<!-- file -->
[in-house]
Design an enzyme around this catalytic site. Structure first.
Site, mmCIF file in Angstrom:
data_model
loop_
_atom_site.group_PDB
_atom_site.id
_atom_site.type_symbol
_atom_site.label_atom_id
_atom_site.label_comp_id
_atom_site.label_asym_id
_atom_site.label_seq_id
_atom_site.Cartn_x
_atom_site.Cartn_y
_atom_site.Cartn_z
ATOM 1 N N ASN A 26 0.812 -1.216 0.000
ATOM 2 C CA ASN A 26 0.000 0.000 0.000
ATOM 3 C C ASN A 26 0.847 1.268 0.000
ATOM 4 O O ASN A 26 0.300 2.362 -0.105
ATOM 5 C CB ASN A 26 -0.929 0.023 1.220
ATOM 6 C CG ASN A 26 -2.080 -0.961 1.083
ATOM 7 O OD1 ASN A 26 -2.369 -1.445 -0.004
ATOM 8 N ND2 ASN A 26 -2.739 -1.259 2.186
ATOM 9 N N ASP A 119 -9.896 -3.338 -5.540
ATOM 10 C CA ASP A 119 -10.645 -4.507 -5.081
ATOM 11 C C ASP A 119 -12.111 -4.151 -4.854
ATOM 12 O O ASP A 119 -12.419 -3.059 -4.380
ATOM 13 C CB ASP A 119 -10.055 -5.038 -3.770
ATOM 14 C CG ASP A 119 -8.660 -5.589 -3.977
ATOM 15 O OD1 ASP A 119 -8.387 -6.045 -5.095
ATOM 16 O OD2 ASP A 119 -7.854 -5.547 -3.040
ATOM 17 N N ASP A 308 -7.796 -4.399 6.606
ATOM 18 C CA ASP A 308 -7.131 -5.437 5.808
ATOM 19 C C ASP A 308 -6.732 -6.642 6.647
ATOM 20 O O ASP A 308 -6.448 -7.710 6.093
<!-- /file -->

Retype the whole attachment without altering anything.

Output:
[in-house]
Design an enzyme around this catalytic site. Structure first.
Site, mmCIF file in Angstrom:
data_model
loop_
_atom_site.group_PDB
_atom_site.id
_atom_site.type_symbol
_atom_site.label_atom_id
_atom_site.label_comp_id
_atom_site.label_asym_id
_atom_site.label_seq_id
_atom_site.Cartn_x
_atom_site.Cartn_y
_atom_site.Cartn_z
ATOM 1 N N ASN A 26 0.812 -1.216 0.000
ATOM 2 C CA ASN A 26 0.000 0.000 0.000
ATOM 3 C C ASN A 26 0.847 1.268 0.000
ATOM 4 O O ASN A 26 0.300 2.362 -0.105
ATOM 5 C CB ASN A 26 -0.929 0.023 1.220
ATOM 6 C CG ASN A 26 -2.080 -0.961 1.083
ATOM 7 O OD1 ASN A 26 -2.369 -1.445 -0.004
ATOM 8 N ND2 ASN A 26 -2.739 -1.259 2.186
ATOM 9 N N ASP A 119 -9.896 -3.338 -5.540
ATOM 10 C CA ASP A 119 -10.645 -4.507 -5.081
ATOM 11 C C ASP A 119 -12.111 -4.151 -4.854
ATOM 12 O O ASP A 119 -12.419 -3.059 -4.380
ATOM 13 C CB ASP A 119 -10.055 -5.038 -3.770
ATOM 14 C CG ASP A 119 -8.660 -5.589 -3.977
ATOM 15 O OD1 ASP A 119 -8.387 -6.045 -5.095
ATOM 16 O OD2 ASP A 119 -7.854 -5.547 -3.040
ATOM 17 N N ASP A 308 -7.796 -4.399 6.606
ATOM 18 C CA ASP A 308 -7.131 -5.437 5.808
ATOM 19 C C ASP A 308 -6.732 -6.642 6.647
ATOM 20 O O ASP A 308 -6.448 -7.710 6.093